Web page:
The code "MS" stands for "Mud & Snow". The manufacturer wants to indicate that the car tyre can take a beating. The tyres are deemed suitable for maintaining sufficient grip in wet, cold and muddy conditions.
Unfortunately, this does not mean that your truck tyre is also officially an approved all-season tyre or even a winter tyre.
In order to ensure the safety of real winter countries, the marking 3PMSF (Three Peak Mountain Snow Flake) has been established; the recognizable Alpine symbol of a snowflake on the background of the three peaks. This is the only reliable symbol that confirms winter properties of the tire. Models with this marking are suitable for demanding winter weather and they do not lose their properties at temperatures below zero. The standard and the EU-controlled mark 3PMSF is a guarantee that the product meets the conditions of the strict tests and is suitable for use in extreme weather conditions.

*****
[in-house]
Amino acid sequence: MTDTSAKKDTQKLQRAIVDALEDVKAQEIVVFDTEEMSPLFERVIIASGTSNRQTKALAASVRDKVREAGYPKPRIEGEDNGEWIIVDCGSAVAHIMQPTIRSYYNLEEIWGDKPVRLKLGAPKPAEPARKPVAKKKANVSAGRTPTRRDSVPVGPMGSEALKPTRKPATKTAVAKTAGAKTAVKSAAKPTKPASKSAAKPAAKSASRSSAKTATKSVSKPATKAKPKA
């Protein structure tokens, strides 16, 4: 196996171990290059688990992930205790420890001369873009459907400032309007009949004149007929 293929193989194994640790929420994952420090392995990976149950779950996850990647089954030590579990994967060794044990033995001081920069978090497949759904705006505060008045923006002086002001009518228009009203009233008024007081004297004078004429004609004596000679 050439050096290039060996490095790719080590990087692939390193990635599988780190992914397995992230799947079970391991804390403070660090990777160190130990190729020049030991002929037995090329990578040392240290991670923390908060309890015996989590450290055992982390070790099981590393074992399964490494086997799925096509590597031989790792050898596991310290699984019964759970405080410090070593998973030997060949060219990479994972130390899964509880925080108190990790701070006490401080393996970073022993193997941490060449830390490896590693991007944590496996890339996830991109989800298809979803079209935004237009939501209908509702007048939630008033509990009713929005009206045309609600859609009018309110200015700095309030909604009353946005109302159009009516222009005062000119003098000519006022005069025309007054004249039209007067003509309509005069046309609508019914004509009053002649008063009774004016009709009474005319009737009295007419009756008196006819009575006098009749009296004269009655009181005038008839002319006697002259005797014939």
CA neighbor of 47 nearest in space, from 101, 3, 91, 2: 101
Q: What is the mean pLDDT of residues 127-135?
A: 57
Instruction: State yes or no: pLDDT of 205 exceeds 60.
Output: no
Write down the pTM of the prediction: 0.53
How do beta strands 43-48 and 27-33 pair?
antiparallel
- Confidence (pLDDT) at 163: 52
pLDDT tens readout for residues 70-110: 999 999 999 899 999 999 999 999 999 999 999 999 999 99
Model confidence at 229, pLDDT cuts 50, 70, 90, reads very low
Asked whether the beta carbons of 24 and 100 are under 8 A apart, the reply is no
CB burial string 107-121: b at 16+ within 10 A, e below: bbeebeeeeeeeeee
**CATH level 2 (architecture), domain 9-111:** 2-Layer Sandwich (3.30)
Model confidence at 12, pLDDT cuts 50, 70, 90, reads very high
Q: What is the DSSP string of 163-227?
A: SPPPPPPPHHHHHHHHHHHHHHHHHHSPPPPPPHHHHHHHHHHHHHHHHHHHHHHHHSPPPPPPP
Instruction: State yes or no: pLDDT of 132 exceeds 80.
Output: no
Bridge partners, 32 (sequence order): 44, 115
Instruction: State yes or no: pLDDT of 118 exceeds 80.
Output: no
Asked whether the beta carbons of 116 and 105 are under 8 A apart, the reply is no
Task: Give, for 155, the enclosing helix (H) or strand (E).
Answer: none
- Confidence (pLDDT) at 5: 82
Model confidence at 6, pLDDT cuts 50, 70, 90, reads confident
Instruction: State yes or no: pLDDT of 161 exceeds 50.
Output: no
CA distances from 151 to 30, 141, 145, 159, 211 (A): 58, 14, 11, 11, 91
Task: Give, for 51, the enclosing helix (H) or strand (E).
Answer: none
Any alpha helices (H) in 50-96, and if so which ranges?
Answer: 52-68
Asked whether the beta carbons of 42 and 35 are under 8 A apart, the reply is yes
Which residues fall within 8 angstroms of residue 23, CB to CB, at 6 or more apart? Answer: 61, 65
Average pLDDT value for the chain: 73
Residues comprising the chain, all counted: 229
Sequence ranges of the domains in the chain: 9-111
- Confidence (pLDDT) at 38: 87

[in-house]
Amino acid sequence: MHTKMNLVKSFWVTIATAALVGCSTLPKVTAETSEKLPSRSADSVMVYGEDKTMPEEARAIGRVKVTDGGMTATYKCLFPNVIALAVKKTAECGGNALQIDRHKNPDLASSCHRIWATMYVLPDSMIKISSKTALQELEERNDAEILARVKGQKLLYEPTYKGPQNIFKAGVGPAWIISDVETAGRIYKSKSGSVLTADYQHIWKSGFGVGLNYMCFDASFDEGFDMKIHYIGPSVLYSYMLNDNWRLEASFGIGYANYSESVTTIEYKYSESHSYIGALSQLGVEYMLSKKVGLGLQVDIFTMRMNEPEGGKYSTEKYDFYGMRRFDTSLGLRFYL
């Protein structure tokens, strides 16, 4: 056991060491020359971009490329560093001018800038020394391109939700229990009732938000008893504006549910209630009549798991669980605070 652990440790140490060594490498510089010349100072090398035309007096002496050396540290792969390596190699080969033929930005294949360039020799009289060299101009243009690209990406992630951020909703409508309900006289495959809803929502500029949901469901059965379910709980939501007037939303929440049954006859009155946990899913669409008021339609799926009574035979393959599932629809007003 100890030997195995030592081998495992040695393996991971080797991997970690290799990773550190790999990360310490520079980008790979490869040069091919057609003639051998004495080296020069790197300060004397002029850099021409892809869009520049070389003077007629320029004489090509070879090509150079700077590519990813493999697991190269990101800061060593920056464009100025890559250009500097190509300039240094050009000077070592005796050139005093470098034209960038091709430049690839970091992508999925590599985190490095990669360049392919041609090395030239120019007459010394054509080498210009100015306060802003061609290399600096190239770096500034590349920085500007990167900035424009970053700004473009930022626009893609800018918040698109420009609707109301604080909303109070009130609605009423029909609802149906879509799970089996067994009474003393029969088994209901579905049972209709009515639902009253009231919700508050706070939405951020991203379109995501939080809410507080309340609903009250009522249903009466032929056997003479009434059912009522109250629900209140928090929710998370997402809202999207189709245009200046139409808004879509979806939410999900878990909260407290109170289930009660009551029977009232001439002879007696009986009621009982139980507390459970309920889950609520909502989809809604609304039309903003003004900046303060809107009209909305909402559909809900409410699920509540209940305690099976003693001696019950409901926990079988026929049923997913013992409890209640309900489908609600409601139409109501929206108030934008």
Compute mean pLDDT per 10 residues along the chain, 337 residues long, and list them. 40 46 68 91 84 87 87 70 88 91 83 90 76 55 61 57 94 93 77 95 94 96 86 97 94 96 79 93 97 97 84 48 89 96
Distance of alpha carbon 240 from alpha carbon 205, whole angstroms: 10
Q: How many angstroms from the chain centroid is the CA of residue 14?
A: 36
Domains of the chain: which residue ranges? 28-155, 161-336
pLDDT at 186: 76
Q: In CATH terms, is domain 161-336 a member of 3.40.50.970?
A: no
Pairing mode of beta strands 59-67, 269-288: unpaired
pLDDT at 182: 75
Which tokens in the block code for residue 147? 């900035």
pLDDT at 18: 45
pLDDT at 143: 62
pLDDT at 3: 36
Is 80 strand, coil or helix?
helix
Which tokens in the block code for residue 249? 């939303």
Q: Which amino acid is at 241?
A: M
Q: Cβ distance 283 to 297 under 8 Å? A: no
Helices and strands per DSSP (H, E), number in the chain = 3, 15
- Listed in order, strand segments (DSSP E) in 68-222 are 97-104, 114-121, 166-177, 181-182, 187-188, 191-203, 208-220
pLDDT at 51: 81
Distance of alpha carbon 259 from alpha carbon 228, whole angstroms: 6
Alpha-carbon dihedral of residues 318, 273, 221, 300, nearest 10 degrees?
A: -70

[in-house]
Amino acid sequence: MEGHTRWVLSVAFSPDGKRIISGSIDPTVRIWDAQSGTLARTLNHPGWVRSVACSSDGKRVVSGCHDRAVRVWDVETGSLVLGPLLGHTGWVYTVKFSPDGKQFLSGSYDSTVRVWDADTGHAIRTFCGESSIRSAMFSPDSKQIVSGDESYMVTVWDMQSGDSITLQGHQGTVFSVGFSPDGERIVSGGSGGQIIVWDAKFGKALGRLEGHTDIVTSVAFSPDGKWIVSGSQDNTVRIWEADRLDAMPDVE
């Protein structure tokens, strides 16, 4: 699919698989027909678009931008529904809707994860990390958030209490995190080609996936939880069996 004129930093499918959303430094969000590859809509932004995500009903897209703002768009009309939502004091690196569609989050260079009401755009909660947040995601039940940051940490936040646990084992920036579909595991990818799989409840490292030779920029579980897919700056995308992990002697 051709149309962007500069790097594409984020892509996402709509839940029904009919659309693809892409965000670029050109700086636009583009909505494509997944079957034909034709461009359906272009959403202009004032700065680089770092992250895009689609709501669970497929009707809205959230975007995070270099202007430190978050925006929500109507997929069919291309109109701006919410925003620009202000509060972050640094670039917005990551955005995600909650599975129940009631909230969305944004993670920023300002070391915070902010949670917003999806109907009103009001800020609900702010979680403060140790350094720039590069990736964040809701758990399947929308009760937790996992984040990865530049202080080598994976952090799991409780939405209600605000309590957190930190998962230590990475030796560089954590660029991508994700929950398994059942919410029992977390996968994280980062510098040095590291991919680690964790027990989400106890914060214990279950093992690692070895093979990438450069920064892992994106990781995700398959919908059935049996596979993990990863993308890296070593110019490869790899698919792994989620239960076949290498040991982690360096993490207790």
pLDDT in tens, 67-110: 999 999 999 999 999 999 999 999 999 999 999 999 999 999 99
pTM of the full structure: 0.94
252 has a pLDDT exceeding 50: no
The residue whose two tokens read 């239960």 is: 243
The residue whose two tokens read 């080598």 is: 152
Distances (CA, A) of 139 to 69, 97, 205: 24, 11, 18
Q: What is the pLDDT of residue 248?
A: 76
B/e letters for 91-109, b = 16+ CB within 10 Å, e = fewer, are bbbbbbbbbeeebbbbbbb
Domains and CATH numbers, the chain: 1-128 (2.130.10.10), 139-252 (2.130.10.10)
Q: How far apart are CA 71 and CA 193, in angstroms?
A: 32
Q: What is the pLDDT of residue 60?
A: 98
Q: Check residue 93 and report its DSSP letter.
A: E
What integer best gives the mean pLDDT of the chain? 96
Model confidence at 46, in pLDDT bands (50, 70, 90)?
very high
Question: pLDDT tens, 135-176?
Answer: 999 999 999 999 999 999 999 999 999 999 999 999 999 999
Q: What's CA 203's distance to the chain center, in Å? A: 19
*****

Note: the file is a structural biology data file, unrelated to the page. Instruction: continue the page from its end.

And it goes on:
Depending on the rolling resistance of your tyre, the fuel efficiency rating varies from A, the most fuel-efficient tyre that saves you fuel, to G, the least fuel-efficient tyre that consumes the most fuel.
The "Grip" label shows the tyre's braking ability on wet roads. The rating runs from A (high wet grip) to G (very low wet grip). Tyres with high grip are more likely to bring the vehicle to a stop than tyres with less grip.
The rolling of tyres on the road generates noise. How loud this noise is, is measured in decibels (dB). There are 3 sound classes: 1 sound wave shows that the tyre produces little sound. 2 sound waves show that it is an average tyre and 3 sound waves show that it is a tyre that produces a lot of sound. A 72 dB tyre makes twice as much noise as a 69 dB tyre. Every increase of 3 dB is in fact a darkening of the sound.